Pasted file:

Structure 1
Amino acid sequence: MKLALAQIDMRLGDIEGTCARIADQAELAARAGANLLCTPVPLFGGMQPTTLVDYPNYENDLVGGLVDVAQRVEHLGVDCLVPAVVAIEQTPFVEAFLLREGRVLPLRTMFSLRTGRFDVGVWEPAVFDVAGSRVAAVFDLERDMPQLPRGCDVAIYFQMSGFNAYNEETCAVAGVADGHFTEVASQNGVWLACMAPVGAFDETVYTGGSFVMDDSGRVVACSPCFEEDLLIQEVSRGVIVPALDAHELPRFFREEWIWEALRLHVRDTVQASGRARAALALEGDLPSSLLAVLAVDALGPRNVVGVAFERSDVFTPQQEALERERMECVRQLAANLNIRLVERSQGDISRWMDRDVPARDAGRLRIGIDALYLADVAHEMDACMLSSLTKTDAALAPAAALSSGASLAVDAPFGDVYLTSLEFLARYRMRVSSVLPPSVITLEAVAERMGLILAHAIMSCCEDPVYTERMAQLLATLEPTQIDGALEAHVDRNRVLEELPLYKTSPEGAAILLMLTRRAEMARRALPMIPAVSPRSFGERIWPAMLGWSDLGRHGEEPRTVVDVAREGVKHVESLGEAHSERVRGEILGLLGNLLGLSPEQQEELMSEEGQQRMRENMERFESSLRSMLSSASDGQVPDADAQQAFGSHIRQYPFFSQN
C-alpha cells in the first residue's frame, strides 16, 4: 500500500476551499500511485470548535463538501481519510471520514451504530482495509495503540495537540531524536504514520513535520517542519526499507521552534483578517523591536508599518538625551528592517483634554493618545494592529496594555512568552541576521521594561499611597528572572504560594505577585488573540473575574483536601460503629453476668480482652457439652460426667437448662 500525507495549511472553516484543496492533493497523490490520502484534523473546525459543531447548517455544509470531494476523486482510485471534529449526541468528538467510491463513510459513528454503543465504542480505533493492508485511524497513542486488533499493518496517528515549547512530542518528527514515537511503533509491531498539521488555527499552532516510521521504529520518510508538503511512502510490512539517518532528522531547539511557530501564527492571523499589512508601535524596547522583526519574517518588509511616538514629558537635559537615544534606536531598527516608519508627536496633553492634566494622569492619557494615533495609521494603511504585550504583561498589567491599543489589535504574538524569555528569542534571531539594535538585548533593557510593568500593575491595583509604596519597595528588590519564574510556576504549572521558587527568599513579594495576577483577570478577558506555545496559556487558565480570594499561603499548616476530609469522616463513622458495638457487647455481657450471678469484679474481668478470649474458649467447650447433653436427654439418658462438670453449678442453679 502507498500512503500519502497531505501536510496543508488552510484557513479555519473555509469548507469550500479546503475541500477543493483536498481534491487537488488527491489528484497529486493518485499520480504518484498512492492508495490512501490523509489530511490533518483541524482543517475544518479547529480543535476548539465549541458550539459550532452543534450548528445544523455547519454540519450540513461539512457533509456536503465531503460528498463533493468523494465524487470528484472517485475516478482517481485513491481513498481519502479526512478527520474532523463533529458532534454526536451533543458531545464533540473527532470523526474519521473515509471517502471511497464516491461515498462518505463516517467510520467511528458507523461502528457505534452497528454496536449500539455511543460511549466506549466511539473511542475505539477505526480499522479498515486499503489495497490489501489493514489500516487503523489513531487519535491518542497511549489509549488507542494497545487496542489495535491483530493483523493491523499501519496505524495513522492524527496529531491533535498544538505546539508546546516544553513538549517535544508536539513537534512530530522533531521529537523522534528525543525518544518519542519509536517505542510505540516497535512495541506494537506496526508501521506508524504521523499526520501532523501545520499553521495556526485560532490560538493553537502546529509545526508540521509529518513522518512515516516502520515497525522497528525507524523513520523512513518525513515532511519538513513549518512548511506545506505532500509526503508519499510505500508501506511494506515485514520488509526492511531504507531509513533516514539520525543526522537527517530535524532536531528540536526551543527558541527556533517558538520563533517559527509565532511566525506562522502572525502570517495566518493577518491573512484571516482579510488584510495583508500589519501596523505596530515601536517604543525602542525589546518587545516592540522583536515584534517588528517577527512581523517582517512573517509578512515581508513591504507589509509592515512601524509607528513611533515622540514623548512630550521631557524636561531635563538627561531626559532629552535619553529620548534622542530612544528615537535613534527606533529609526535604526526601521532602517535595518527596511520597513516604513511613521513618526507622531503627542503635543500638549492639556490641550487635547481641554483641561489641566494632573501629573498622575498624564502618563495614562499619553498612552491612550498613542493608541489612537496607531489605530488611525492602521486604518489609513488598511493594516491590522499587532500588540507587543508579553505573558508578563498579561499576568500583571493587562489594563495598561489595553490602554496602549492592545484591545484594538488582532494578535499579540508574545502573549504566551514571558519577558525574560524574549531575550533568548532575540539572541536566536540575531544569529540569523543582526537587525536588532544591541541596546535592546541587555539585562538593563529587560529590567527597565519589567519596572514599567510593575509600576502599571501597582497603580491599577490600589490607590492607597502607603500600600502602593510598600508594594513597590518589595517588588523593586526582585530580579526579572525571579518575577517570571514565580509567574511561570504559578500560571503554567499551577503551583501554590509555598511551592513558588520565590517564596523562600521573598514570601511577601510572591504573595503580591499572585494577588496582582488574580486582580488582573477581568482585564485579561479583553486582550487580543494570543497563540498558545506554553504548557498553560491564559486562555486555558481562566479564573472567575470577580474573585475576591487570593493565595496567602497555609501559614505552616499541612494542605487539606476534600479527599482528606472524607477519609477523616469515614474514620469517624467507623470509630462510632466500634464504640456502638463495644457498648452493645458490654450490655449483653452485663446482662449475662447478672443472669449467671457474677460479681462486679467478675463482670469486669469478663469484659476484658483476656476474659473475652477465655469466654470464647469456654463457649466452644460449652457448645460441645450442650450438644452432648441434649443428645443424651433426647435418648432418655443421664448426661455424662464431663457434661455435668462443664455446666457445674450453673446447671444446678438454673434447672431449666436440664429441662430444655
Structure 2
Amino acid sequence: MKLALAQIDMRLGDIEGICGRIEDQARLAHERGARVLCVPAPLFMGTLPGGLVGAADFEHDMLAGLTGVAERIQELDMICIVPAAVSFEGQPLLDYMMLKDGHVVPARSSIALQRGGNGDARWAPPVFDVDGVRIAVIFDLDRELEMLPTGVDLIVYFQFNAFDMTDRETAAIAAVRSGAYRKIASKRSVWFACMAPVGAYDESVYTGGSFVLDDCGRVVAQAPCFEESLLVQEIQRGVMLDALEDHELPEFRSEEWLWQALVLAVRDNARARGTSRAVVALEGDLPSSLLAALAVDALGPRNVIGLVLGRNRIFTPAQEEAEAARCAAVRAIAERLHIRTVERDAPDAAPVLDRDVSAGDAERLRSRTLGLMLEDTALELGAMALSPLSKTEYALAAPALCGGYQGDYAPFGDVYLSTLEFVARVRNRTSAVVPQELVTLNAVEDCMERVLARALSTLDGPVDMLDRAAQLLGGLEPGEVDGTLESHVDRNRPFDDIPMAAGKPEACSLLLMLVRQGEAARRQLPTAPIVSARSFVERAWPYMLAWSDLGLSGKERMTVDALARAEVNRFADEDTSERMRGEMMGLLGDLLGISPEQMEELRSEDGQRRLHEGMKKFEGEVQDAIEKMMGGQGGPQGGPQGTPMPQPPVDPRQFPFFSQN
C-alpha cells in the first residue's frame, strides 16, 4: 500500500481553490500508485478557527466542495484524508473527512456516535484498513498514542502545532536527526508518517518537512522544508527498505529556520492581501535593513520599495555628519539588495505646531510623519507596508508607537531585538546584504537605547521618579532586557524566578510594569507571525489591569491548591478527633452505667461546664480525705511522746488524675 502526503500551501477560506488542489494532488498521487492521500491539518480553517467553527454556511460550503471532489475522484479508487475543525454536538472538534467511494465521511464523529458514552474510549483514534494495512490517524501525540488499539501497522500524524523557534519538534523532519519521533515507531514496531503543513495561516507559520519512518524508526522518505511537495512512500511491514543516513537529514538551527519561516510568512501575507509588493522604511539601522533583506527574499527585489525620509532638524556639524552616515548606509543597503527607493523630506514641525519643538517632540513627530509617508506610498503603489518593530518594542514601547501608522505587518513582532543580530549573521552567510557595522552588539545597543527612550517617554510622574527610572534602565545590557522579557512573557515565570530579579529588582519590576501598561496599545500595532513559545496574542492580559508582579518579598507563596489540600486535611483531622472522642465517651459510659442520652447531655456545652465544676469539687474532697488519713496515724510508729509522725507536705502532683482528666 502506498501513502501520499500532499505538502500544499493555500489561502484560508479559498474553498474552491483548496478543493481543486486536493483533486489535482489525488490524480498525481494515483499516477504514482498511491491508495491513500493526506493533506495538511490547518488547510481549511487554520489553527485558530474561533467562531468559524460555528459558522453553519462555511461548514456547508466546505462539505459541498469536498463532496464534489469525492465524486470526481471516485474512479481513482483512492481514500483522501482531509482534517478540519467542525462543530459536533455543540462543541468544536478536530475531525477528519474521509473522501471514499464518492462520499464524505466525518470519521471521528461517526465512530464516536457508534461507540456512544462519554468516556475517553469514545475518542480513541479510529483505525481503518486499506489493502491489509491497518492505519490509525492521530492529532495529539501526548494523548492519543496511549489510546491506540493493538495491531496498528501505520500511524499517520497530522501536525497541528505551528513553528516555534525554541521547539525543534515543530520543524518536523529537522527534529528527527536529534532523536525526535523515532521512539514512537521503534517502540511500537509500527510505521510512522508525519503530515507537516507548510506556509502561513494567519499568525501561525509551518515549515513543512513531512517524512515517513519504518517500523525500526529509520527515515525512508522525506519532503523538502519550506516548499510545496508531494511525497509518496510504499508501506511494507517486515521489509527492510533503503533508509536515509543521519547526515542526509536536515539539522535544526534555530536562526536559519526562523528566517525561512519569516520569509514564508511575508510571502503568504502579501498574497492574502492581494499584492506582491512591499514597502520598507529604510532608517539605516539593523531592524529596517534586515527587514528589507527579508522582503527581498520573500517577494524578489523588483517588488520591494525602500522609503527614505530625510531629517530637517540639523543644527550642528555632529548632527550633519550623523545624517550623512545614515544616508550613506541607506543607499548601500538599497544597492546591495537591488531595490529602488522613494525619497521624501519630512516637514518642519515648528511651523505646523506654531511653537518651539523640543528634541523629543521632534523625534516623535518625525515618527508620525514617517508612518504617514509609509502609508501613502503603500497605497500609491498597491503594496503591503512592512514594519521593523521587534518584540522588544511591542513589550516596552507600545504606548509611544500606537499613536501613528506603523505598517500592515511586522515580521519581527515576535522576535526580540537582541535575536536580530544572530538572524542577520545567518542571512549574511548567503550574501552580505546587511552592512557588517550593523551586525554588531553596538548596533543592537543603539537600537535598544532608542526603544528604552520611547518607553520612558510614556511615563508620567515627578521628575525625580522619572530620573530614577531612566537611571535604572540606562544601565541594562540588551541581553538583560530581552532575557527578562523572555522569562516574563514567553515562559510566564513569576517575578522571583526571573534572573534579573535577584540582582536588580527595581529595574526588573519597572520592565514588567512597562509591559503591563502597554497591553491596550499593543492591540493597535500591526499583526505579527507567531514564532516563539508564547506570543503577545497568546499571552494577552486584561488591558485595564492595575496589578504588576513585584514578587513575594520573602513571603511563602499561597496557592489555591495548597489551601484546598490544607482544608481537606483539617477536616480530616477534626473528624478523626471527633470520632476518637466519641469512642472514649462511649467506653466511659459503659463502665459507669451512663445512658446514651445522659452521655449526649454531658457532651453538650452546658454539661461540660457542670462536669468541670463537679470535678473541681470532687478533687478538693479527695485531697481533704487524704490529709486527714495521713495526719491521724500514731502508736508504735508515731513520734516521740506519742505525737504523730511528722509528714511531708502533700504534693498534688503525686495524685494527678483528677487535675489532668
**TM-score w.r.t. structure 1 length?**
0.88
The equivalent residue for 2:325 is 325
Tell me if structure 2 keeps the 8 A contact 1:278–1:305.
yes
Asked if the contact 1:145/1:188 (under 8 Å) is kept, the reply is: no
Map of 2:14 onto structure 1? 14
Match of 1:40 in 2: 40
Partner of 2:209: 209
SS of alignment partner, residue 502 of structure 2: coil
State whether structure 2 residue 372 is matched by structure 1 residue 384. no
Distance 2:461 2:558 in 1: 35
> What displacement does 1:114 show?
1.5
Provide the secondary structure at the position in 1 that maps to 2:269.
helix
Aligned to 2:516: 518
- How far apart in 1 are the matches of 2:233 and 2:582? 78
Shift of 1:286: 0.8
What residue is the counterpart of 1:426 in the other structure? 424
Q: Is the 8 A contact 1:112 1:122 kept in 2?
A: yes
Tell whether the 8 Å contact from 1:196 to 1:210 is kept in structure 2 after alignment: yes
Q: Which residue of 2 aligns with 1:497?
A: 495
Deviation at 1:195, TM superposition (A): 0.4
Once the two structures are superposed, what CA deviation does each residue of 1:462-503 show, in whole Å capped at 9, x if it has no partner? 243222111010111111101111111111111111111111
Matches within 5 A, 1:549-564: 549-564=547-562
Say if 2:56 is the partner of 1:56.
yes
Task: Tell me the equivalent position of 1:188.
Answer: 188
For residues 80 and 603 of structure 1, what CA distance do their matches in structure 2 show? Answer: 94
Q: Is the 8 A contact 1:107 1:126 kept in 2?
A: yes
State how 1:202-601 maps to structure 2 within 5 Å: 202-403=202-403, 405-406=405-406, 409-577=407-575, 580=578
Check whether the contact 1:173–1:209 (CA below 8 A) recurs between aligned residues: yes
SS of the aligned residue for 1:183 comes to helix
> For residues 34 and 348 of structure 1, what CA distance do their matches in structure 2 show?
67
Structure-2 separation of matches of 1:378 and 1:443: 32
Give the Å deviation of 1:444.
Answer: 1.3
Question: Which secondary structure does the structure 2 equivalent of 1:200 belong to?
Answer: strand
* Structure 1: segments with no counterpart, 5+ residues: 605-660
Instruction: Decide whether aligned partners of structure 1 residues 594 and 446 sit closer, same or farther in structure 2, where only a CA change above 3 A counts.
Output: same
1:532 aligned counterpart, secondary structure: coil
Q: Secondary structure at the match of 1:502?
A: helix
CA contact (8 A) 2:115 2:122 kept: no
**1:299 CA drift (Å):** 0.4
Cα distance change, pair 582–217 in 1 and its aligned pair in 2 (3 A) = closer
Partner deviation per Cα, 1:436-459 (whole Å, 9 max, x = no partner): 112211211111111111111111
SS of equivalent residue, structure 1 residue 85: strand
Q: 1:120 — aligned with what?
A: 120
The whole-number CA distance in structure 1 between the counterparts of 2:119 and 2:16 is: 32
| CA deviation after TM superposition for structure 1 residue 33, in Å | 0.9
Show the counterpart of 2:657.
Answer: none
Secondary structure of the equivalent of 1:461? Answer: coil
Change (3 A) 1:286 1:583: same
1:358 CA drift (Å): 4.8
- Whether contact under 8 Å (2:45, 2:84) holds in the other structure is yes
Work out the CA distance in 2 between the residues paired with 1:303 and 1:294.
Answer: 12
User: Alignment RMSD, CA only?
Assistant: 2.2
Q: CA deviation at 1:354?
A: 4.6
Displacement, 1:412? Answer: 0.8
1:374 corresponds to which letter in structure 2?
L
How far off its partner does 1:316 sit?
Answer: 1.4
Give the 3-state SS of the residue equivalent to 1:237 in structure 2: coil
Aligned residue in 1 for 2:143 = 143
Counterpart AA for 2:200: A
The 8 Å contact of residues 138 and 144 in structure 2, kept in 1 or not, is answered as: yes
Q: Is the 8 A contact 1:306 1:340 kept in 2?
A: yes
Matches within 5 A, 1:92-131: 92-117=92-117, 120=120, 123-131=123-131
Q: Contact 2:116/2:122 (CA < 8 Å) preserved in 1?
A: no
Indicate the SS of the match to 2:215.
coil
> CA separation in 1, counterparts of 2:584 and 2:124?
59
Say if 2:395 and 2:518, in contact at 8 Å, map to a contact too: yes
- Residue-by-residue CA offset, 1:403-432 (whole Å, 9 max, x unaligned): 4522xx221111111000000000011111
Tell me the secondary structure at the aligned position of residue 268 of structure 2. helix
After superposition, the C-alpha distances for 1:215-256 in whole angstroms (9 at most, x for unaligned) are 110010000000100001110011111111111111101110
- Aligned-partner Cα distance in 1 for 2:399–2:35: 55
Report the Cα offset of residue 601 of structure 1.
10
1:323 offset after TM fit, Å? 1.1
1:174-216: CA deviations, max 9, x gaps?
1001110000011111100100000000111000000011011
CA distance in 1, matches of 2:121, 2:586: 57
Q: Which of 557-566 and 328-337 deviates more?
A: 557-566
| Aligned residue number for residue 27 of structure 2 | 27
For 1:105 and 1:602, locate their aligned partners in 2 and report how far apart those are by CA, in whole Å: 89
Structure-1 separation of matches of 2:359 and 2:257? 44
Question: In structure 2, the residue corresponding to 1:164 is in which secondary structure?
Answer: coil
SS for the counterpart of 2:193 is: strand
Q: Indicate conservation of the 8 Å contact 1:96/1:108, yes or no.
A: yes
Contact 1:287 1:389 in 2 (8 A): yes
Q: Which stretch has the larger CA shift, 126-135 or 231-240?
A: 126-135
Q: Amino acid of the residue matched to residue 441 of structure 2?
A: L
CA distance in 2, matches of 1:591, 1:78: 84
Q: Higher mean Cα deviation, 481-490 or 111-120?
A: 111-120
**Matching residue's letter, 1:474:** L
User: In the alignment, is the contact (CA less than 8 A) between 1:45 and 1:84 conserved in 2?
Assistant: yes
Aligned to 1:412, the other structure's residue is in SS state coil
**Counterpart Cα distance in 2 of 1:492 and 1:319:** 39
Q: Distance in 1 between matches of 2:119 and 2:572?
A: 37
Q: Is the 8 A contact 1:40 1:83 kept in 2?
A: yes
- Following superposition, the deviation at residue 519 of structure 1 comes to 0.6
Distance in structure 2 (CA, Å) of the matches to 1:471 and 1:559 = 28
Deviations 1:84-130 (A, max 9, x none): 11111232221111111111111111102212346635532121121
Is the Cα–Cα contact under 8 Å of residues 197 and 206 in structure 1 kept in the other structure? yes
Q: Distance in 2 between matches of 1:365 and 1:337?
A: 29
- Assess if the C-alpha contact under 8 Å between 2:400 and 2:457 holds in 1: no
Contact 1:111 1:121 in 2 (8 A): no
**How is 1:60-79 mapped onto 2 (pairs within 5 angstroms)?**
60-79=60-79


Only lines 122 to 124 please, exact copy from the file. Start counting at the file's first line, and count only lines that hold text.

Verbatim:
A: L
CA distance in 2, matches of 1:591, 1:78: 84
Q: Higher mean Cα deviation, 481-490 or 111-120?